It’s winning season for NUL

It’s winning season for NUL

ROMA-IT is a winning season for the National University of Lesotho (NUL).
This time it is a NUL Masters of Sustainable Energy student, Ntšebo Sephelane, who along with her team have just won Austria’s Management Centre Innsbruck (MCI) Winter Programme Award.
The award was for an outstanding project idea in sustainable energy.

“The project, which took first position in the competition, is designed to solve problems caused by burning of fossil fuels, generation of food waste and eutrophication,” Sephelane said.
Eutrophication happens when a body of water becomes too enriched with excess minerals and nutrients to encourage too much growth of plants which suffocate water bodies with lack of oxygen.
The cities for which the project was designed are Maseru in Lesotho, Newcastle in Australia and Odense in Denmark.
Her team included two other students from Australia and Demark.

“We studied the problems common to these three cities and came up with a ‘one size fits all’ design that could be applied by any of them,” she said.
In the eyes of the judges, the project was so brilliantly designed, Sephelane and her team had their work judged as the most outstanding among all the submitted projects hence the award.
Sephelane is a Masters of Sustainable Energy student at the NUL.

Not long ago, we reported that she and three others from the same NUL programme had left for Austria after being selected by Austria’s esteemed Management Centre Innsbruck (MCI) to spend four and half months (a semester) there studying the “nuts and bolts” of bioenergy.
Their adventure in Austria was funded by the Austrian Agency for International Cooperation in Education and Research (OEAD) and Centre for International Cooperation and Mobility (ICM).
Whilst there, they joined a programme called MCI Winter programme.

They were not alone.
They had a team of brilliant students from the most distant corners of the earth in the programme.
When it was all over, it was time to test their thinking abilities, how they would use the concepts they learned, to design sustainable solutions for world cities.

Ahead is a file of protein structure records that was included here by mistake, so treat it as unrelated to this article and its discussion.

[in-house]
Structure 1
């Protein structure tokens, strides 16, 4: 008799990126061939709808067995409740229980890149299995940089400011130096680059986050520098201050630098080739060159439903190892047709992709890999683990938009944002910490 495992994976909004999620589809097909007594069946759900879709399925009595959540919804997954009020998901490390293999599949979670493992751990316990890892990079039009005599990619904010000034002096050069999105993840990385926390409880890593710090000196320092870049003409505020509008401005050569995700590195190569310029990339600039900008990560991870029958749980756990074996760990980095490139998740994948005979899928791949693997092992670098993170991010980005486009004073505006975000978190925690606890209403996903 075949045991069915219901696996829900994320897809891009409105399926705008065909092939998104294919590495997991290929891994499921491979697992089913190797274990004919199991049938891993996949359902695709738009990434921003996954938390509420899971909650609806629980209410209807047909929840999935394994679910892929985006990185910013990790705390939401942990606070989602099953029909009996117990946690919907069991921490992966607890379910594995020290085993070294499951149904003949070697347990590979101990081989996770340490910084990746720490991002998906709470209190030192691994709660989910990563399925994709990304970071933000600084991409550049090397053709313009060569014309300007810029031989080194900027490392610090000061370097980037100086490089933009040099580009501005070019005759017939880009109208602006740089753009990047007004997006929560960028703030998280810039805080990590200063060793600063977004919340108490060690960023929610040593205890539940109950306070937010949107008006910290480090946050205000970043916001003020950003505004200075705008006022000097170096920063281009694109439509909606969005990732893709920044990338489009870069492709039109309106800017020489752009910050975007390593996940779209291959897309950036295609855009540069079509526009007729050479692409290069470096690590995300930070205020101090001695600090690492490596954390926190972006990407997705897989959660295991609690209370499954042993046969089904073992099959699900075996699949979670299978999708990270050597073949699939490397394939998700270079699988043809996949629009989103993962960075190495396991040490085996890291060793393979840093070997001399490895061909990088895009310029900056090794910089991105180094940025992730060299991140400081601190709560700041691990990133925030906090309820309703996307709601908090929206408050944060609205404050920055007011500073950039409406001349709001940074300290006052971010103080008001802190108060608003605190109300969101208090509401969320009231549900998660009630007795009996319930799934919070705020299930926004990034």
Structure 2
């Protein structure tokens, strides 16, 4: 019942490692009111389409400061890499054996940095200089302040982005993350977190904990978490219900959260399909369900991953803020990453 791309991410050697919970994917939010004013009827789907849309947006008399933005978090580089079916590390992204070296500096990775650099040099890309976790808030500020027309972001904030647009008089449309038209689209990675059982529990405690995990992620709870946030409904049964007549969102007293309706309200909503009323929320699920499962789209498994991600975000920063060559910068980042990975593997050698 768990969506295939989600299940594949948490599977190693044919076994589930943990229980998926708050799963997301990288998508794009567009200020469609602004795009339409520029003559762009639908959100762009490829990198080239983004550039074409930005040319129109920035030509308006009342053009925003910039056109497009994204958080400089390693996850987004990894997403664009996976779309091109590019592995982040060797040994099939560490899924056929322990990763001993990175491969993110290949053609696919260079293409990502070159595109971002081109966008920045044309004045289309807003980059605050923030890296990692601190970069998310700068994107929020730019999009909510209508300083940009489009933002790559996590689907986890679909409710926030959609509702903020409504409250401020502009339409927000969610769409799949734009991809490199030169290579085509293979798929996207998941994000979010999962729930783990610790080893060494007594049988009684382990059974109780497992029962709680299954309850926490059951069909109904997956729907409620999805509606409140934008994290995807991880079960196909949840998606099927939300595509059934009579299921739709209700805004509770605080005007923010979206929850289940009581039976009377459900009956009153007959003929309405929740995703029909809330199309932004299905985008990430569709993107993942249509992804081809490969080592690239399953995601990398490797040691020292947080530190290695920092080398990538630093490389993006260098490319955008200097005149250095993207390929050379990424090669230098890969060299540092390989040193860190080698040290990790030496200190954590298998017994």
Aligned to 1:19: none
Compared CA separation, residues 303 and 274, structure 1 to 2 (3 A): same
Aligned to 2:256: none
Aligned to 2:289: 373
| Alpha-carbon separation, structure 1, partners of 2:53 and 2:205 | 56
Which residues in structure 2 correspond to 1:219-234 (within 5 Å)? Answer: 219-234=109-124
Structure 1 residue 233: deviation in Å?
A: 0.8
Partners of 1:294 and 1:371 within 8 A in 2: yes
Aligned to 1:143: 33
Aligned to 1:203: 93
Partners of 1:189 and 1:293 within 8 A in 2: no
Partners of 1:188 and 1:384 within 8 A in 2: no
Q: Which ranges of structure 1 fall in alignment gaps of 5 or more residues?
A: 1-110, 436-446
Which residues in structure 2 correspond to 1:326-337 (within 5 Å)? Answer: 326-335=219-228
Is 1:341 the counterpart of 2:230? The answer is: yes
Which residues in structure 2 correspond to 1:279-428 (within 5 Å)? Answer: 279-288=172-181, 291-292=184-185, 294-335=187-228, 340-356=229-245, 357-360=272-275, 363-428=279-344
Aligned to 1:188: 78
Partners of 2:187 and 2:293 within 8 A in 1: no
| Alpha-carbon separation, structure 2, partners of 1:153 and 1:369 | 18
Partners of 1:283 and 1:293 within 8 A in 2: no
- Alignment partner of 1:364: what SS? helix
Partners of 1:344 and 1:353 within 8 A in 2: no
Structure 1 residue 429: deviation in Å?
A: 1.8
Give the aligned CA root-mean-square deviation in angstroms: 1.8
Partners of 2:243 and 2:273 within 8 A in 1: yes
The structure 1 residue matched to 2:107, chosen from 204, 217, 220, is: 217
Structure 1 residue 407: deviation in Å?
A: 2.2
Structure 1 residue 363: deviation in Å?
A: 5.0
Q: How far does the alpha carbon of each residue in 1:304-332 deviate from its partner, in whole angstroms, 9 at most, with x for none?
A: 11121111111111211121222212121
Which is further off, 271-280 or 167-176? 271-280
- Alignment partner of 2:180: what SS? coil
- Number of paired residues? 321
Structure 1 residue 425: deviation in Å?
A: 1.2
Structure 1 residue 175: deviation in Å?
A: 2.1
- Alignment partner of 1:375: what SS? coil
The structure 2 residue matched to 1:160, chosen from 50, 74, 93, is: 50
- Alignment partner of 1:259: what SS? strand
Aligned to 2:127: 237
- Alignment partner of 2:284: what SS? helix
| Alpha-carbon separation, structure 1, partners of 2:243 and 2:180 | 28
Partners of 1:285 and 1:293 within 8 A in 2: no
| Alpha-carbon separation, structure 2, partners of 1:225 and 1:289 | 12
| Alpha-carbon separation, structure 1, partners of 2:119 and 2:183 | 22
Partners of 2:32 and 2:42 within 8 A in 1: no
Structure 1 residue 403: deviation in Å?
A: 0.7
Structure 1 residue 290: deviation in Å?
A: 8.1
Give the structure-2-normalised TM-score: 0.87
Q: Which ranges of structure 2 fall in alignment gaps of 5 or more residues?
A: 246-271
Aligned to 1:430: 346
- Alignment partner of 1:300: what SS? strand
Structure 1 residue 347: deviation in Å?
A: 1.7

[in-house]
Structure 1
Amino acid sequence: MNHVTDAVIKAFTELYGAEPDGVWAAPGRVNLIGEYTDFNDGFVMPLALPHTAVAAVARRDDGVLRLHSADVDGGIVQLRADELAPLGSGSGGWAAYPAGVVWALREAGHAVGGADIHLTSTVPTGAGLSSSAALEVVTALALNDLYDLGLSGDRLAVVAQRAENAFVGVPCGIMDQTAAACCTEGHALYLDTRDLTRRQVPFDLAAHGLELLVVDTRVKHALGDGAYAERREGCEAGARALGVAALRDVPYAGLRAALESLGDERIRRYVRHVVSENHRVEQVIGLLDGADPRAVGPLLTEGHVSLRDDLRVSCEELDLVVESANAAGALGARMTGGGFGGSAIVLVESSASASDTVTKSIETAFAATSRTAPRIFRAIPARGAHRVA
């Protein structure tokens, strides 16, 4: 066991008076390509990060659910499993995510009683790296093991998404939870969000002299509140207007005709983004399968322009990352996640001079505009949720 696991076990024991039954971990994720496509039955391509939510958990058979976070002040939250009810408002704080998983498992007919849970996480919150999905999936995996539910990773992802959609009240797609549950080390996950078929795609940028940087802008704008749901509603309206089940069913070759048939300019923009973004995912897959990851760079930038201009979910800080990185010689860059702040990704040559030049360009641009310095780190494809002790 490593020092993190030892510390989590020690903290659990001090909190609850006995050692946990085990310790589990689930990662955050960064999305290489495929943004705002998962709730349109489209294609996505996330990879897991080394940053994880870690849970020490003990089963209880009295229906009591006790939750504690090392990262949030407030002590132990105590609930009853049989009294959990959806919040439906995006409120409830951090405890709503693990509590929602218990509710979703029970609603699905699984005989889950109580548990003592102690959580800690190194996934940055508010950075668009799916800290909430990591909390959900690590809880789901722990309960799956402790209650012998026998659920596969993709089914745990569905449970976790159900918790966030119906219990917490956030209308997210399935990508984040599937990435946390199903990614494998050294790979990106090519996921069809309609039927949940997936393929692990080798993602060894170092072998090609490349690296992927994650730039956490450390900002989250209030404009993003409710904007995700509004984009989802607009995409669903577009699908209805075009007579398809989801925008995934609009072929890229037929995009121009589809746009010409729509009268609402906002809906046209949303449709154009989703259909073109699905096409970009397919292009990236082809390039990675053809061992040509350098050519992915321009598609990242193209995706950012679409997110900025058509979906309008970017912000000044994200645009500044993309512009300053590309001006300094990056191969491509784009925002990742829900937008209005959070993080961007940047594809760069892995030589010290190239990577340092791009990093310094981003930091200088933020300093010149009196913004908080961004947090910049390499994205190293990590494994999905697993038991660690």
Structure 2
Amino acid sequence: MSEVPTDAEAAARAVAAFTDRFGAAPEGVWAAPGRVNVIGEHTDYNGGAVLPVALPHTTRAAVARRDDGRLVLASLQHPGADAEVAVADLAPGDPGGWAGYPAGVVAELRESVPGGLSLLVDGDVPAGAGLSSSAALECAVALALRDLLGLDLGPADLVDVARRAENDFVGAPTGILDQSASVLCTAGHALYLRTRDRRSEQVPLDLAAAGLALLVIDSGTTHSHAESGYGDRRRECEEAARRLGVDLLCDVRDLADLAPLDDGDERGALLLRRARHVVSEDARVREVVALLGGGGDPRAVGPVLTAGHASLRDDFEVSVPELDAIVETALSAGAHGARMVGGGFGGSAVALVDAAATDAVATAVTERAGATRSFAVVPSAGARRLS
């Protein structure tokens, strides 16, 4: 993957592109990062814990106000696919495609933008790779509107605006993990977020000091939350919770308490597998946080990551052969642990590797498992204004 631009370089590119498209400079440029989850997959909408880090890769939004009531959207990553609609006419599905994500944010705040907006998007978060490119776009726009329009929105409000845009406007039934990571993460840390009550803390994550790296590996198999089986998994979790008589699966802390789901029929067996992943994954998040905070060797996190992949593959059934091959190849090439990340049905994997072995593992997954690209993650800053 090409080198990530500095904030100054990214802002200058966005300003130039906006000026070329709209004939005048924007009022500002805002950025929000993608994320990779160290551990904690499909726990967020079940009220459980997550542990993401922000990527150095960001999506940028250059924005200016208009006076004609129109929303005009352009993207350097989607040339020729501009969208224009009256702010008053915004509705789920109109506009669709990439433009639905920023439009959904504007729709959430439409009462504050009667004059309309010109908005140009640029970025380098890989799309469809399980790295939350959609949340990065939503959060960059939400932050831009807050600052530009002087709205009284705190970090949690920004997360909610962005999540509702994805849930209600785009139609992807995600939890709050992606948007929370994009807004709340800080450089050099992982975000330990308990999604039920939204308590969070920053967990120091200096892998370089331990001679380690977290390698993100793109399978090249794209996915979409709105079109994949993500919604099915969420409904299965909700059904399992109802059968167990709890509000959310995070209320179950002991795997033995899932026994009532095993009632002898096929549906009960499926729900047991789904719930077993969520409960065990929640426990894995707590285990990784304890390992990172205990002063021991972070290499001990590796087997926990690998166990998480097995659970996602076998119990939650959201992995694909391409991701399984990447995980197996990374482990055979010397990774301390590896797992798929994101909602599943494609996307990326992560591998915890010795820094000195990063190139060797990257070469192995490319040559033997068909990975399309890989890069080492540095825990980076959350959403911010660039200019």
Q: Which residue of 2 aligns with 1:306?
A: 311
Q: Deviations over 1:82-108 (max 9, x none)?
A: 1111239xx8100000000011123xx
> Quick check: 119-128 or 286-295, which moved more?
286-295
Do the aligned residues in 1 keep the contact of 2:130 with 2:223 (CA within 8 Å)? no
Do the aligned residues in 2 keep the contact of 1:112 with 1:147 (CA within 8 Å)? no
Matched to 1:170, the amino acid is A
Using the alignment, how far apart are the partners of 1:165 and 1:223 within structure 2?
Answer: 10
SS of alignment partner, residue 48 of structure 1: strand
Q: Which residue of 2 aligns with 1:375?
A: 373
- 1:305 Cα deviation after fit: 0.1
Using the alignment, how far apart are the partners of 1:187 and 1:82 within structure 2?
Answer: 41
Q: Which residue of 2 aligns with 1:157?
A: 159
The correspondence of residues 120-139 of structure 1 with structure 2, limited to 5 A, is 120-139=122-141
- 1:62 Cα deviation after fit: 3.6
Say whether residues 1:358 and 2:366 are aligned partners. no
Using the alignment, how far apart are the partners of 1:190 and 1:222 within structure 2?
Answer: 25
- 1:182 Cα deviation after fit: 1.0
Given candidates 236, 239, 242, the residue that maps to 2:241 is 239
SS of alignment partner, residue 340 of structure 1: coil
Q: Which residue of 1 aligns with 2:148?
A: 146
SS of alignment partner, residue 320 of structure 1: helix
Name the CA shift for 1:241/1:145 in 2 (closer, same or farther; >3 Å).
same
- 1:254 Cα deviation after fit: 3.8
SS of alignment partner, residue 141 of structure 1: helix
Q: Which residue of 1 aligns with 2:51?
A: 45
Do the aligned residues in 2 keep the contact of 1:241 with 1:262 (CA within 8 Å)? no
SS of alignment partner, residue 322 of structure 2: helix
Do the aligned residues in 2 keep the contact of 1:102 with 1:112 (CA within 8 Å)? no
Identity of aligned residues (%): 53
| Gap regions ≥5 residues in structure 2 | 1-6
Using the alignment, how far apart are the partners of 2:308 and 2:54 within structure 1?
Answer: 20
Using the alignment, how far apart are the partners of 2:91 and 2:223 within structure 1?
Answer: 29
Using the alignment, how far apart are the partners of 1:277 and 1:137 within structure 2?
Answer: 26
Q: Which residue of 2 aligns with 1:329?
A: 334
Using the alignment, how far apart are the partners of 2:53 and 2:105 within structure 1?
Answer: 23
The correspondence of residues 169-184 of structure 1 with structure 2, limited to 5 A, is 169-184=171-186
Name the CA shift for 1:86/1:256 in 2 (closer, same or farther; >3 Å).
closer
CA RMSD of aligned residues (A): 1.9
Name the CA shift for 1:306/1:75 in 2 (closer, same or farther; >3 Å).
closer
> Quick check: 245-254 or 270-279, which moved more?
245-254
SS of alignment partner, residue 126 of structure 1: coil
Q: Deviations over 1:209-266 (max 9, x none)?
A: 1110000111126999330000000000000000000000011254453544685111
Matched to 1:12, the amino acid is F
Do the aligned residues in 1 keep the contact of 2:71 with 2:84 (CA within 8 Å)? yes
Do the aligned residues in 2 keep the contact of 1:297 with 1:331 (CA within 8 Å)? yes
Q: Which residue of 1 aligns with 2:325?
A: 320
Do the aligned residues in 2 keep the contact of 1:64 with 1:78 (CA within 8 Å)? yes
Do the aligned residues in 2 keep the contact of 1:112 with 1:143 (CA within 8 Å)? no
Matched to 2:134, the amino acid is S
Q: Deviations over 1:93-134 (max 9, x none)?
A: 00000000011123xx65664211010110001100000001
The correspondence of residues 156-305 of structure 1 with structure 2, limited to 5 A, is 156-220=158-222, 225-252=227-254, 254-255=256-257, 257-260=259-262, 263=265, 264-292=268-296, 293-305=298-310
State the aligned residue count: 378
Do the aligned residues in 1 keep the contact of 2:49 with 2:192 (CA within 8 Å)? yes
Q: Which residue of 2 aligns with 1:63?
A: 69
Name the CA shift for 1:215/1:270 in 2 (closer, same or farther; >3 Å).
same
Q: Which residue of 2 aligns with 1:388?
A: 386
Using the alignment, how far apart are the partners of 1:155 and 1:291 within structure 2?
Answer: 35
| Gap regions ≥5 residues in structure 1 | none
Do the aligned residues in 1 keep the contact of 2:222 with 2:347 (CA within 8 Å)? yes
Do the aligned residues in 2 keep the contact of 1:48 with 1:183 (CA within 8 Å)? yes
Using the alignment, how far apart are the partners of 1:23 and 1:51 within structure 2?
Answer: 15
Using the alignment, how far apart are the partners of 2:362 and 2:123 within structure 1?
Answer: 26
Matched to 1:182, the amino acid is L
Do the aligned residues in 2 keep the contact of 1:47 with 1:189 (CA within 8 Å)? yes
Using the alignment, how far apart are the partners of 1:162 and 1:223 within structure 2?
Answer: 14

Sephelane and the team had an idea which we shall try to present in as simple terms as possible.

Since you probably know more about Maseru than any of the other cities, let’s think about it.
First, the city’s main sewerage treatment plant might have waters prone to a problem of eutrophication according to a recent study by NUL scientists.
The city also has a problem of waste food.

If you go to Ha-Tšosane dumpsite, it will not be uncommon to see truckloads of waste food being dumped in there.
And the city uses some fossil fuels to get by with daily activities (a quick example is a methane gas most people use for cooking).
Remember, while half of our energy needs are met by ’Muela Hydro Power Plant, which gives out renewable energy, we import another half of the electricity, and it may come from the burning of coal, a fossil fuel.

So Sephelane and her team’s job was to design a system that would turn these three problems: food waste, eutrophication and fossil fuels into opportunities by combining them into a solution.
This is the design.
When you treat sewerage, as in the case of Ratjomose Waste Water Treatment Plant, the end result of that treatment process is a material called sludge, which is sometimes used by farmers as fertilizer.

The sludge can also be used to make biogas.
“However, sludge is not an effective producer of biogas when used on its own,” Sephelane said.
“But if you mix it with other forms of biomass such as food waste, then your biogas production becomes efficient.”

That mixing of sludge with food is called “co-digesting.”
Their design has an alternative.
In this case, “instead of using food waste for co-digestion with sewerage sludge, we use algae.”

To understand why we need algae, let’s first talk about why eutrophication is a problem.
The waste water treatment plant at Ha-Ratjomose seeks to put acceptable kind of water into the Mohokare River, after separating it from sludge.
However, if there is too much nutrients in that water (which causes eutrophication), it is not acceptable to put such water into the river.

Unfortunately, the detergents we normally use in our homes find themselves in the treatment plant, providing more nutrients than is needed, increasing the risk of eutrophication.
The solution?
Grow algae in water treatment ponds.

If you do, the algae will not only use the nutrients for its own growth purposes, it will itself become another great material to co-digest with sludge to make good biogas.
Sephelane and her team’s design is such that the biogas produced, either by co-digesting with food waste or with algae, is burned to produce electricity to power the waste water treatment plant itself.

In that way, the plant won’t have to depend on electricity generated from fossil fuels.
The design hit three birds with one stone—and it won the race.

Own Correspondent

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